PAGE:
Ironically, if you want to narrow down your search to get more relevant websites, you got to expand on the number of keywords to about 5 to 7 keywords. That way, Google becomes clearer to what is it that you are looking for.
2. Using Truncation
Not sure of what keywords to use? You might consider using the simple * to expand on your search. What it does is that if you place that in the query, then you’ll get results for the word combination you’ve keyed in, with * as variant. For example, if you type in cartoon * tutorials, you will get sites with the phrase “Cartoon Character Illustration Tutorials”, “Cartoon Coloring Tutorial”, “Cartoon Animation Tutorial”, etc.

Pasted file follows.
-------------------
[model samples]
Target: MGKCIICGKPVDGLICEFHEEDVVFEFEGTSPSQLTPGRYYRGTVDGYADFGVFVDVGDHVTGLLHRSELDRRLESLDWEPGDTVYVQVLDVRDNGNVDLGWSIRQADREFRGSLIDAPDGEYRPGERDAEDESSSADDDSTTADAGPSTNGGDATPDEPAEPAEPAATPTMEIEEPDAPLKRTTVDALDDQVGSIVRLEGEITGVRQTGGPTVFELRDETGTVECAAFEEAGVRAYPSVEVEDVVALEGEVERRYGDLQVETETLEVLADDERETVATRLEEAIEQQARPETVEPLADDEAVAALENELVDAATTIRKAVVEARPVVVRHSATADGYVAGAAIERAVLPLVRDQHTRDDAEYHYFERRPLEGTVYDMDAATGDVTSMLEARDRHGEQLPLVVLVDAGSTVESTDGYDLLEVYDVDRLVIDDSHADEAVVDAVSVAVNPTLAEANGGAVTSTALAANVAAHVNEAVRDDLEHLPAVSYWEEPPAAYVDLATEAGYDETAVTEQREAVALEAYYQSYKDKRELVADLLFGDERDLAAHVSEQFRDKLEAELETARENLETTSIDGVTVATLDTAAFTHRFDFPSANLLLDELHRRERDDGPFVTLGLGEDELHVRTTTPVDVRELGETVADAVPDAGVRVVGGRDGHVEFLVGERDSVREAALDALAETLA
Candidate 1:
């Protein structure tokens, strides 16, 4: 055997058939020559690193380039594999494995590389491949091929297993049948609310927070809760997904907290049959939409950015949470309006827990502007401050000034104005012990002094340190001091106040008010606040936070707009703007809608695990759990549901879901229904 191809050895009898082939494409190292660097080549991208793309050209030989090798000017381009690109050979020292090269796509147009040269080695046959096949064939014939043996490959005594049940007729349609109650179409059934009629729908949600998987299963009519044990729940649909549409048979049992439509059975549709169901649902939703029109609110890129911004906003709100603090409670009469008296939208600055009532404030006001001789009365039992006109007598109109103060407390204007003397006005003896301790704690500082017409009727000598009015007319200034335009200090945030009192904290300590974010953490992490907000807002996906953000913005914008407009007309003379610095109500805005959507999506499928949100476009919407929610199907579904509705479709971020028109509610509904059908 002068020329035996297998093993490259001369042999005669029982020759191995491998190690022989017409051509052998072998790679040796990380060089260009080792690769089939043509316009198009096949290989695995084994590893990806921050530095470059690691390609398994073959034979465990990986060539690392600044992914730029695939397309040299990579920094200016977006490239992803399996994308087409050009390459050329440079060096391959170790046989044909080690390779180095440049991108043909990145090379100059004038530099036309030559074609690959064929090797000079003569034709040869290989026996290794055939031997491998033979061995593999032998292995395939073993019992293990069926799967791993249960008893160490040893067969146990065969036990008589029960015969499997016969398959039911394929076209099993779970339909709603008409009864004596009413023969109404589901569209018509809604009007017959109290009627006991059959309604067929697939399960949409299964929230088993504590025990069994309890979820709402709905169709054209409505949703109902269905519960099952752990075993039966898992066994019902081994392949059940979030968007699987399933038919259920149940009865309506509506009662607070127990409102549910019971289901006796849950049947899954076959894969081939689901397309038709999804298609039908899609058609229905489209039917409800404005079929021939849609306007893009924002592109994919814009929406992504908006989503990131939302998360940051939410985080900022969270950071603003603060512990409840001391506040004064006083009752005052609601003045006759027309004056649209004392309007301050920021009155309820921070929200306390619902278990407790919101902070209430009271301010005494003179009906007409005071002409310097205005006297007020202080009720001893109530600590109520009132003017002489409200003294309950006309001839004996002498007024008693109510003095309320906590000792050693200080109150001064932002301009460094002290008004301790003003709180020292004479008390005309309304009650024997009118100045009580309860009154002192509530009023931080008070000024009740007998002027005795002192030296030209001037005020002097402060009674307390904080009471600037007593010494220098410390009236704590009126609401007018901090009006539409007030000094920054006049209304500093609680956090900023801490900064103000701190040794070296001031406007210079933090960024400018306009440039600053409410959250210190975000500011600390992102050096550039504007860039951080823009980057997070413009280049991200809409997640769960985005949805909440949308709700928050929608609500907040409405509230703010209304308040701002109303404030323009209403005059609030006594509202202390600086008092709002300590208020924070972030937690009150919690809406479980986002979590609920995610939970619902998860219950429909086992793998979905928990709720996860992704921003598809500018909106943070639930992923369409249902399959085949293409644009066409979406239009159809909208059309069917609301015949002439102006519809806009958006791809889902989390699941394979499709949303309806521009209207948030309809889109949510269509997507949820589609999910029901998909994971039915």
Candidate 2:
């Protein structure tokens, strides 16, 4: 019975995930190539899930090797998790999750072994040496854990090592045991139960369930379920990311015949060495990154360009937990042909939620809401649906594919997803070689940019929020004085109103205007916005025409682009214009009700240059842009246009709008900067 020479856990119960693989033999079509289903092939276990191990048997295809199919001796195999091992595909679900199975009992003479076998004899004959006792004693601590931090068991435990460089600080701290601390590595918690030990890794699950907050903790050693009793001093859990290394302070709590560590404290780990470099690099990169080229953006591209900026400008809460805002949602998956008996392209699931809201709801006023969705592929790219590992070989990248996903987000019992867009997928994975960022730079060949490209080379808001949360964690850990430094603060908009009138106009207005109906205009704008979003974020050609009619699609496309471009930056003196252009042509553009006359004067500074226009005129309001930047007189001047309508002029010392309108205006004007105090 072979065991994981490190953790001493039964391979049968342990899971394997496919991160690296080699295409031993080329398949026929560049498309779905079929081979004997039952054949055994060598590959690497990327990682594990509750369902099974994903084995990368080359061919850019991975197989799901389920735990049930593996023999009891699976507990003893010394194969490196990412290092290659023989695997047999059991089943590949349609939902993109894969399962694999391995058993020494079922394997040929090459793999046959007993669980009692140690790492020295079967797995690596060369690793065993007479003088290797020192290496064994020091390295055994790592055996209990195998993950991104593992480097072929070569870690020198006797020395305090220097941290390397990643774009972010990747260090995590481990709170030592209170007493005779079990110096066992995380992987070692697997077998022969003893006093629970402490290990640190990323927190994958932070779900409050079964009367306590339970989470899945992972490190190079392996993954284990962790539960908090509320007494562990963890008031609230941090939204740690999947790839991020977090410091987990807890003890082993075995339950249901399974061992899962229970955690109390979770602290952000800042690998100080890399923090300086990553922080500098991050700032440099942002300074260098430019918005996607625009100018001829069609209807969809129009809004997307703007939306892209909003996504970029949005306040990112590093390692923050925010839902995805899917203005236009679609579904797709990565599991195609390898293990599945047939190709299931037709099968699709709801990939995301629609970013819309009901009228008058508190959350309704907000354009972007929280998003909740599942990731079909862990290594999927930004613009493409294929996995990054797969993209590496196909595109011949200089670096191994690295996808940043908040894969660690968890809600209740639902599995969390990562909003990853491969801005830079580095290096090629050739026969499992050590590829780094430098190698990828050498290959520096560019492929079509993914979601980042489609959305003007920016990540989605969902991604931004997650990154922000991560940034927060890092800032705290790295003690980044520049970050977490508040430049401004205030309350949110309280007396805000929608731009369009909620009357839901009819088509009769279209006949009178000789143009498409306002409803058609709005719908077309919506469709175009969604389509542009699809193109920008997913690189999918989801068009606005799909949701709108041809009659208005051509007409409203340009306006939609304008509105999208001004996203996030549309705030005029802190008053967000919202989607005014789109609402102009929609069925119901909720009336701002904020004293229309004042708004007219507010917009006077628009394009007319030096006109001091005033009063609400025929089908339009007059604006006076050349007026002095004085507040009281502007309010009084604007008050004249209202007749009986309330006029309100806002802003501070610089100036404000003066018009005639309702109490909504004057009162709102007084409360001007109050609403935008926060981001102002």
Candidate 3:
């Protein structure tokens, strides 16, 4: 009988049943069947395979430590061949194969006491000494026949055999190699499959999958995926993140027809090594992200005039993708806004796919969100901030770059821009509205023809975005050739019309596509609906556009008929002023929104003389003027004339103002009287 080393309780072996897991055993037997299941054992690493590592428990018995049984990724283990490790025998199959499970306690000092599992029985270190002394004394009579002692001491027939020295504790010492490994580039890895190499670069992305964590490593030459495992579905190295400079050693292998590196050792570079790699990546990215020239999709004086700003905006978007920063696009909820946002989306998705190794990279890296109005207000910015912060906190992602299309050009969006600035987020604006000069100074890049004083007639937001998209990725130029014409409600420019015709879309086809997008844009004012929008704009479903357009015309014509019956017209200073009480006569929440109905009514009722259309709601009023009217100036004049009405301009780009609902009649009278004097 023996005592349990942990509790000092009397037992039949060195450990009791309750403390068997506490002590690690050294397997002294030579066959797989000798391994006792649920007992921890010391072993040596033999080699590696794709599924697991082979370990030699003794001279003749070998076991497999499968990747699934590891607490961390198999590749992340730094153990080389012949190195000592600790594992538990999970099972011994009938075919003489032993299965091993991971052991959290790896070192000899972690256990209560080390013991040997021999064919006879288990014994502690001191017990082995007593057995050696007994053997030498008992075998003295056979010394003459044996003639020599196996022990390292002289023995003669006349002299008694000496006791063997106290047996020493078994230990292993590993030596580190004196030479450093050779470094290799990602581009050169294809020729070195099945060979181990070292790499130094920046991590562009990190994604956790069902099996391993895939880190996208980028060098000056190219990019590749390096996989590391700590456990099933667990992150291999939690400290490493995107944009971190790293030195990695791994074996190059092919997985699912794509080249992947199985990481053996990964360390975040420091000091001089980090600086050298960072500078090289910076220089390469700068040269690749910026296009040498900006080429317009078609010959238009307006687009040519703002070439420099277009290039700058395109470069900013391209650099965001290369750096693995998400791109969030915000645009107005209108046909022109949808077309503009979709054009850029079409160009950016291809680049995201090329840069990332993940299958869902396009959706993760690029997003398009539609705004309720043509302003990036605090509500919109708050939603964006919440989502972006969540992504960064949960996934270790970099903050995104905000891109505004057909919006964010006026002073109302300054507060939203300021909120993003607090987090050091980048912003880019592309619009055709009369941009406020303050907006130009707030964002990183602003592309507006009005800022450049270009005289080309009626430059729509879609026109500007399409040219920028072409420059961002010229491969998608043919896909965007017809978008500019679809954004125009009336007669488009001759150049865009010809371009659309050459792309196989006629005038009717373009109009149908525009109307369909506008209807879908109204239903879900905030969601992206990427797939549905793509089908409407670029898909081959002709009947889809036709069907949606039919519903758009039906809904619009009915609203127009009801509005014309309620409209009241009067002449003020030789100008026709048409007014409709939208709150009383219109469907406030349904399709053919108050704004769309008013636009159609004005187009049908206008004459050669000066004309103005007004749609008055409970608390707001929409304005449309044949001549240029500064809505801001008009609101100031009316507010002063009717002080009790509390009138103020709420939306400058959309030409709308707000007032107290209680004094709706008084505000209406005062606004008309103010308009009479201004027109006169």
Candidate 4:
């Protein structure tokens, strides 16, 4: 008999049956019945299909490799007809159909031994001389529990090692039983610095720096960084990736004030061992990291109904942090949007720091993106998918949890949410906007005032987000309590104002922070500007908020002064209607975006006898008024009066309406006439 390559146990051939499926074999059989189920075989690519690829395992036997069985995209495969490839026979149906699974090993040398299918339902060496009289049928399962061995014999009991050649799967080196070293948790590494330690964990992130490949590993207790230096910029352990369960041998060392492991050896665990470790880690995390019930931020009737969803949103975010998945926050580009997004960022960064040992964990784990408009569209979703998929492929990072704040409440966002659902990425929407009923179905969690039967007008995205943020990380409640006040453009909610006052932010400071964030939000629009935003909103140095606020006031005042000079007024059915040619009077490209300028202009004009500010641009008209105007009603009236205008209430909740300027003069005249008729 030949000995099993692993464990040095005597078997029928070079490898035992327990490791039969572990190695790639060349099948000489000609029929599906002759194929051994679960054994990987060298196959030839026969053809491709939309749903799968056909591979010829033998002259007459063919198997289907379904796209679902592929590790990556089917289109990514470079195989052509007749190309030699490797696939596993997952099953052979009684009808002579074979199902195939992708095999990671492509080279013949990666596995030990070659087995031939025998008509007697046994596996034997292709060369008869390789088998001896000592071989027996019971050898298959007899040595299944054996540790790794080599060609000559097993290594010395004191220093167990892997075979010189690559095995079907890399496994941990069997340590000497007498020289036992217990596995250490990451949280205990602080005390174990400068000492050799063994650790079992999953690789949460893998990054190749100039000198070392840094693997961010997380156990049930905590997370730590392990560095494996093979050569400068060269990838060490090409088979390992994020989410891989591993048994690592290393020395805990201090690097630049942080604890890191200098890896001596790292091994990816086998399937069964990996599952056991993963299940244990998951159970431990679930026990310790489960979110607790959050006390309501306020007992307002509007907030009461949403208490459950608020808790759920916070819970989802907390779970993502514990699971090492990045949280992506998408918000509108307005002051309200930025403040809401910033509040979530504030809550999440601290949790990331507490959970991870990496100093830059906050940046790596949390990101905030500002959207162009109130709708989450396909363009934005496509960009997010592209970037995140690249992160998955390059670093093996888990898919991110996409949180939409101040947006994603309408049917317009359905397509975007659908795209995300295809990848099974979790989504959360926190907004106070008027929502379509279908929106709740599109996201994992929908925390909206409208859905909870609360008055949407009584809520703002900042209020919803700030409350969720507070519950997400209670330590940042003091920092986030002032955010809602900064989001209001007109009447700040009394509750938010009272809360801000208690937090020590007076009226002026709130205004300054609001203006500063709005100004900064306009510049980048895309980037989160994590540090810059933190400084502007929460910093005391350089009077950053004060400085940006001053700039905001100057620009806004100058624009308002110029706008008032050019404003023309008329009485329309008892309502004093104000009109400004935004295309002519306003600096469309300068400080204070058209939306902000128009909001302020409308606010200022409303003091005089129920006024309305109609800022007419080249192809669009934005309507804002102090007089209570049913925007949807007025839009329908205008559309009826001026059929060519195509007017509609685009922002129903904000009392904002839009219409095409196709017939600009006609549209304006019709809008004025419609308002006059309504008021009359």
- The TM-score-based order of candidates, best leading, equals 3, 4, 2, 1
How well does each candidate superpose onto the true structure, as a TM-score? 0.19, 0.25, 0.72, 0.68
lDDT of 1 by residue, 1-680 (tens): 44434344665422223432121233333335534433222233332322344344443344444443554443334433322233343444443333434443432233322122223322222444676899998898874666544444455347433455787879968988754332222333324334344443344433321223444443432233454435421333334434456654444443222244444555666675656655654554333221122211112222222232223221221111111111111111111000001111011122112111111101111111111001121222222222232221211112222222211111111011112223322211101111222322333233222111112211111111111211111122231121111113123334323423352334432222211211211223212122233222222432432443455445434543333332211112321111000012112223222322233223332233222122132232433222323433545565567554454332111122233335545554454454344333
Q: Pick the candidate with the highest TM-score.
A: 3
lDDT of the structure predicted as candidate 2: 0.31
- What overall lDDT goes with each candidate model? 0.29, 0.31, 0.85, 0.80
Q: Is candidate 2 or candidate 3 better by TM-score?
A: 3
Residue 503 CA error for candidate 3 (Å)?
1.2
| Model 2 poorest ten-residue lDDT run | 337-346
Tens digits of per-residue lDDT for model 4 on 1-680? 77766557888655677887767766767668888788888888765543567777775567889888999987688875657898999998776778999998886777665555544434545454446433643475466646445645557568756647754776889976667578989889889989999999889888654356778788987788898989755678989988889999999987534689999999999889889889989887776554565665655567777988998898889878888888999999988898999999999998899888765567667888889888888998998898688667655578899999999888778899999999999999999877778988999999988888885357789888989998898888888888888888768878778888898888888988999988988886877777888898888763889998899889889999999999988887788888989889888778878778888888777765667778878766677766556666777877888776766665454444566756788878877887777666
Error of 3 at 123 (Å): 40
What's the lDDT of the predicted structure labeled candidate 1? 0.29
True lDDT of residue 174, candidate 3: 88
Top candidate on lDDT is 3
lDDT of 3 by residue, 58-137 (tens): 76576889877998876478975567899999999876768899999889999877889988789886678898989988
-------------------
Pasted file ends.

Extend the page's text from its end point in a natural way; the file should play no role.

This would be beneficial to someone who is out there looking for ideas, but isn’t sure of what keywords to use. Let’s say you wish to research on the color of web design. You want to know what are the colors web designers or clients care about, thus you can try entering * color web design, and the results will show sites or its posts that are related with the query “color web design”, such as “Warm VS Cool Color Website Designs”, “Beautiful Purple Color Website Designs”, “Stunning Blue Color Website Designs”, etc.
3. Exact Phrases
Sometimes, you can narrow down your search by simply telling the Google to search websites with the exact order of the words. For instance, if you want to find out who quoted “The unexamined life is not worth living”, then it is preferable that you type the whole line rather than putting in keywords like “unexamined” or “living“.